Education: Bachelor's degree in biological sciences and Spanish, master's degree in education, both from San Jose State University
Experience: Congressman since 2001; assemblyman 1996-2000; Santa Clara County supervisor, 1990-96; school board member, principal and teacher
Campaign cash on hand, March 31: $1,083,691
Key issues: Job creation, raising the minimum wage, protecting women's health and reproductive rights. "It's about getting results, bringing home what people need, making sure that people understand what I do."
Name: Ro Khanna
Education: Bachelor's degree in economics, University of Chicago; J.D., Yale Law School
Experience: Attorney at Wilson Sonsini Goodrich and Rosati since 2011; deputy assistant secretary at U.S. Department of Commerce, 2009-2011; attorney at O'Melveny & Myers, 2004-2009; 12th Congressional District Democratic primary candidate, 2004
Campaign cash on hand, March 31: $1,946,871
Key issues: Job creation, especially in manufacturing and technology, and STEM education. "The fundamental difference between Congressman Honda and me is not on values but he has chosen to be ideological in his bent."
Name: Dr. Vanila Singh
Education: Bachelor's degree in cell biology and economics, UC Berkeley; M.D., George Washington University.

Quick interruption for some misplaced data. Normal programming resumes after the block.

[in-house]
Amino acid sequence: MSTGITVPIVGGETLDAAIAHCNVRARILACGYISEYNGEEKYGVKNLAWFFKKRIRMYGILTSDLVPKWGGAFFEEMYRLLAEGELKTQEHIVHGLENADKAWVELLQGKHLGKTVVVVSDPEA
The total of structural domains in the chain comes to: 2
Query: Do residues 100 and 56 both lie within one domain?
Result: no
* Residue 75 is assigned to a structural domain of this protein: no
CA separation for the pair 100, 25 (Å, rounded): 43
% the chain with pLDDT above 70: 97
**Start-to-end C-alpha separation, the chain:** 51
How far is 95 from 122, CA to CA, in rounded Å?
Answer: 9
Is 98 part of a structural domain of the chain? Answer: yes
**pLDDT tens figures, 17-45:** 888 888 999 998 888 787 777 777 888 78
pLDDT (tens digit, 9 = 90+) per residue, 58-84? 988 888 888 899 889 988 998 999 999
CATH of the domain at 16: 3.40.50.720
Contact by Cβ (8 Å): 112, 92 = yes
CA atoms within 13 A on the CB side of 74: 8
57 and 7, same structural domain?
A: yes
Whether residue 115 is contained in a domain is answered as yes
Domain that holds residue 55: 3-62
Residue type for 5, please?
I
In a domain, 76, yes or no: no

Experience: Stanford University clinical associate professor of anesthesiology, perioperative and pain medicine; UCLA clinical assistant professor, 2002-2003; pain management fellow at Cornell/Hospital for Special Surgery/Memorial Sloan Kettering/Columbia, 2001-2002; anesthesia resident at Cornell Medical Center, 1998-2001; medical intern, Yale University Medical Center, 1997-1998
Campaign cash on hand, March 31: $300,422
Key issues: Cutting taxes and reducing waste, "smarter health care," opposing affirmative action, balancing security with privacy in government surveillance. "I believe in individual rights and freedom and independent thought."
Name: Joel VanLandingham
Residence: San Jose
Education: Currently enrolled in online MBA program, Grand Canyon University
Experience: Talent acquisition consultant at Sony Computer Entertainment America since 2013; founder, Global Capital Talent recruitment and investor search firm, 2000-present; San Jose mayoral candidate, 2002
Campaign cash on hand, March 31: $0
Key issues: Raising the cap on H-1B work visas, and making all education and medical costs completely tax deductible. "You have to build coalitions to get things done. I believe once true leadership rises, people will fall in with their conscience."